03/21/2018 06:00 PM ISAW Lecture Hall

Rostovtzeff Lecture Series: The Sky over Ancient Iraq: Babylonian Astronomy in Context

Lecture I: Babylonian Astronomy: Interpreting an Ancient Science

Mathieu Ossendrijver

In the first lecture the geographical and historical contours of Babylonian astronomy are sketched, the cuneiform sources are introduced, and the methodological framework for interpreting Babylonian astronomy as an ancient science is discussed. Babylonian astronomy takes us to ancient Iraq, where thousands of cuneiform tablets with an astronomical content have come to light since the end of the nineteenth century. What can we learn by studying these tablets? While early interpretations were strongly shaped by modern mathematics and astronomy, the focus of much current research has shifted to uncovering the conceptual framework of Babylonian astronomy and exploring its practical, institutional, political, religious, and social context. In order to achieve this, methodological considerations from the wider historiography and sociology of science are increasingly applied.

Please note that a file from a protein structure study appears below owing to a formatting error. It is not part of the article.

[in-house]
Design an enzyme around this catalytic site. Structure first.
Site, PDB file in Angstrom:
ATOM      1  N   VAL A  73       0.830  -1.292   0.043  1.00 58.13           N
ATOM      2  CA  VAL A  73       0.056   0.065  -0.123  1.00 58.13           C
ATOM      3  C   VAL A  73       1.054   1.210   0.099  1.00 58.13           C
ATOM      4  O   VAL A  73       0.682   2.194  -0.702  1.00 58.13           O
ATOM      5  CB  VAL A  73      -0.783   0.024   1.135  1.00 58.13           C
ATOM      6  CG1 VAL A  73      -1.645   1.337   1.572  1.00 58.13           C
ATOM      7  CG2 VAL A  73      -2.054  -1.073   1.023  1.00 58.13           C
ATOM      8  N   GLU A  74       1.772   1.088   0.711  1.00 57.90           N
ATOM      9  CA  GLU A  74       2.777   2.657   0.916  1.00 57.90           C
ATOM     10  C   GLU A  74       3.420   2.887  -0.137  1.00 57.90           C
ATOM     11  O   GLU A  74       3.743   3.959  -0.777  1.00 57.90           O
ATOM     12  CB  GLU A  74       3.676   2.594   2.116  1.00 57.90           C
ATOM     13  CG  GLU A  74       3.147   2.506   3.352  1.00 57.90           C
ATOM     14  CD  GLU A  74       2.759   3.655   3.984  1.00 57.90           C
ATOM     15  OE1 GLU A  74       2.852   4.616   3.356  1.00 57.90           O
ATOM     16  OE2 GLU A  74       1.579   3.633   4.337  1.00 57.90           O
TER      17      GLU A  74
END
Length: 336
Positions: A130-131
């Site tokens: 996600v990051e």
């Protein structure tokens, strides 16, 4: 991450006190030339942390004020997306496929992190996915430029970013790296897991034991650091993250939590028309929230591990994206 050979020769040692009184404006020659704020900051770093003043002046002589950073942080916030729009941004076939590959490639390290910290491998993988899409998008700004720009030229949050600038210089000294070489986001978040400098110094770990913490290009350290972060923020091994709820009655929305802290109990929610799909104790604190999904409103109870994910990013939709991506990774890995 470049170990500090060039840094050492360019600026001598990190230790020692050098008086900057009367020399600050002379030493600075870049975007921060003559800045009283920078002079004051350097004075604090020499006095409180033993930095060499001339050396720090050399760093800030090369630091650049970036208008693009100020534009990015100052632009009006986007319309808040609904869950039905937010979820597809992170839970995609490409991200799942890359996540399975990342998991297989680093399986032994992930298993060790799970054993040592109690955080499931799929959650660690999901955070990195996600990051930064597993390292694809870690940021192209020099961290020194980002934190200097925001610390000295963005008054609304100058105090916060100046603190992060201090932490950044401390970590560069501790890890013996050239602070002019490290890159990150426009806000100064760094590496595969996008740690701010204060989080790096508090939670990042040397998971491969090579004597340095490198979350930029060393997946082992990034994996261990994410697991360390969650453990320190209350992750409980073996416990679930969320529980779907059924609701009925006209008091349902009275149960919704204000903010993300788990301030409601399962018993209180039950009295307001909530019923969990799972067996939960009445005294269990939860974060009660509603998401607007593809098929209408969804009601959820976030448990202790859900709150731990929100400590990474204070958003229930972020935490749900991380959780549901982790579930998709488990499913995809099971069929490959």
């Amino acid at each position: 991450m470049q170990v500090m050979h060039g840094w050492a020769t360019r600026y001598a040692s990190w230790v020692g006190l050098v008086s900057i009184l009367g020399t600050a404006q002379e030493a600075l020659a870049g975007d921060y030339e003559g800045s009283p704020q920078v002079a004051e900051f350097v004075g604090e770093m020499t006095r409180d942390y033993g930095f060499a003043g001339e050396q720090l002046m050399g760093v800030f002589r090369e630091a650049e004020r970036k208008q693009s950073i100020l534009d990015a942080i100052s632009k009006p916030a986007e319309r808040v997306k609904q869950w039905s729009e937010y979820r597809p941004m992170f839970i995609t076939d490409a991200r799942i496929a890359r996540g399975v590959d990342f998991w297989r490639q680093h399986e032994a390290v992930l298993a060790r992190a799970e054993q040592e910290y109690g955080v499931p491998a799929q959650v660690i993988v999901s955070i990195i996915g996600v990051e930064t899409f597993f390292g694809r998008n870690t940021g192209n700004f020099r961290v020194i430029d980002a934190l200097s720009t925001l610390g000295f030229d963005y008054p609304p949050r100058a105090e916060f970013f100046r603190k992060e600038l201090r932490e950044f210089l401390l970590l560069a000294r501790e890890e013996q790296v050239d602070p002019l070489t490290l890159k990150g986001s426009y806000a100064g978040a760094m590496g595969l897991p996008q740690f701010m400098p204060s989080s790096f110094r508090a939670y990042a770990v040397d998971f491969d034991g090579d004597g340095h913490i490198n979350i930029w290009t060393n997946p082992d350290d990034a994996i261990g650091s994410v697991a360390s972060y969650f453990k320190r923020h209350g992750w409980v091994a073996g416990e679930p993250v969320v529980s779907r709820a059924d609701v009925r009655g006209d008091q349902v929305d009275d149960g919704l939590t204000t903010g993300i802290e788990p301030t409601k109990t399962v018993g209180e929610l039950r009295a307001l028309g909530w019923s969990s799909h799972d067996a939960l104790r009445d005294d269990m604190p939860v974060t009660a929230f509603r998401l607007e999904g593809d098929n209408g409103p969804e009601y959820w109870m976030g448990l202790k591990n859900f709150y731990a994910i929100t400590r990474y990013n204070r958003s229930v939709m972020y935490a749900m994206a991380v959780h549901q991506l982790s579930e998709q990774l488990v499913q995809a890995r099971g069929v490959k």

03/28/2018 06:00 PM ISAW Lecture Hall

Rostovtzeff Lecture Series: The Sky over Ancient Iraq: Babylonian Astronomy in Context

Lecture II: Keeping the Watch: Babylonian Astronomical Diaries and More

Mathieu Ossendrijver

The second lecture will focus on the astronomical diaries and related texts, which are observational reports that emerged in Babylonia during the seventh century BCE and continued to be written for at least six centuries. Apart from astronomical phenomena, market prices, weather phenomena, river levels and historical events were also reported in these texts. They provide unique opportunities for reconstructing observational practices and the predictive methods to which these texts turn out to be intricately linked.
Search Events:

Search only future events
Search all events